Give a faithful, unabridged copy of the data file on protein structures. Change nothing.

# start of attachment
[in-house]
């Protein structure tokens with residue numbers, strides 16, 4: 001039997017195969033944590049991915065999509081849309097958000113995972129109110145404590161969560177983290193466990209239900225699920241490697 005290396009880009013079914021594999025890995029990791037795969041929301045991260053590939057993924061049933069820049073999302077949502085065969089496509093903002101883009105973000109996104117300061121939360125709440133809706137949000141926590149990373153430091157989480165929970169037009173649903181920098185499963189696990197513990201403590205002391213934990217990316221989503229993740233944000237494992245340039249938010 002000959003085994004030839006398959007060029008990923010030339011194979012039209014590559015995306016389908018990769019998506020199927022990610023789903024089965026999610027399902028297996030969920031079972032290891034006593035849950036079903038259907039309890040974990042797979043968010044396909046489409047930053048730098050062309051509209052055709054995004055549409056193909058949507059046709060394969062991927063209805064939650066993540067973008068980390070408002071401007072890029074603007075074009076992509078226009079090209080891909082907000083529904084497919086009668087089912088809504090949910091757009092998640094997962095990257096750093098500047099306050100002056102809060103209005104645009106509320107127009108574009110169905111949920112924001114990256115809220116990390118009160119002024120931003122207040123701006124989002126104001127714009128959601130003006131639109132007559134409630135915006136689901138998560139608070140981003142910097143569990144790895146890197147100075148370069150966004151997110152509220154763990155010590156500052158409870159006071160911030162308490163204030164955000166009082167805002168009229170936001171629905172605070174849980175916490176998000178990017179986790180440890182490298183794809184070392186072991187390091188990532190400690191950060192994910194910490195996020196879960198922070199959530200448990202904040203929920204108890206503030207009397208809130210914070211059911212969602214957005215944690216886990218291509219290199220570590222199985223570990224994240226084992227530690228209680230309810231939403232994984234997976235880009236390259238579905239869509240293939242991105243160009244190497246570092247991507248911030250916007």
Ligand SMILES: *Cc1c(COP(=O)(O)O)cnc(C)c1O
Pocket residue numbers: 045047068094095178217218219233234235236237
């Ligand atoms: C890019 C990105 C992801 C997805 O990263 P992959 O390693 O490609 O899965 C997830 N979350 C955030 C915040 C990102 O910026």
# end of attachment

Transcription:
[in-house]
């Protein structure tokens with residue numbers, strides 16, 4: 001039997017195969033944590049991915065999509081849309097958000113995972129109110145404590161969560177983290193466990209239900225699920241490697 005290396009880009013079914021594999025890995029990791037795969041929301045991260053590939057993924061049933069820049073999302077949502085065969089496509093903002101883009105973000109996104117300061121939360125709440133809706137949000141926590149990373153430091157989480165929970169037009173649903181920098185499963189696990197513990201403590205002391213934990217990316221989503229993740233944000237494992245340039249938010 002000959003085994004030839006398959007060029008990923010030339011194979012039209014590559015995306016389908018990769019998506020199927022990610023789903024089965026999610027399902028297996030969920031079972032290891034006593035849950036079903038259907039309890040974990042797979043968010044396909046489409047930053048730098050062309051509209052055709054995004055549409056193909058949507059046709060394969062991927063209805064939650066993540067973008068980390070408002071401007072890029074603007075074009076992509078226009079090209080891909082907000083529904084497919086009668087089912088809504090949910091757009092998640094997962095990257096750093098500047099306050100002056102809060103209005104645009106509320107127009108574009110169905111949920112924001114990256115809220116990390118009160119002024120931003122207040123701006124989002126104001127714009128959601130003006131639109132007559134409630135915006136689901138998560139608070140981003142910097143569990144790895146890197147100075148370069150966004151997110152509220154763990155010590156500052158409870159006071160911030162308490163204030164955000166009082167805002168009229170936001171629905172605070174849980175916490176998000178990017179986790180440890182490298183794809184070392186072991187390091188990532190400690191950060192994910194910490195996020196879960198922070199959530200448990202904040203929920204108890206503030207009397208809130210914070211059911212969602214957005215944690216886990218291509219290199220570590222199985223570990224994240226084992227530690228209680230309810231939403232994984234997976235880009236390259238579905239869509240293939242991105243160009244190497246570092247991507248911030250916007």
Ligand SMILES: *Cc1c(COP(=O)(O)O)cnc(C)c1O
Pocket residue numbers: 045047068094095178217218219233234235236237
């Ligand atoms: C890019 C990105 C992801 C997805 O990263 P992959 O390693 O490609 O899965 C997830 N979350 C955030 C915040 C990102 O910026």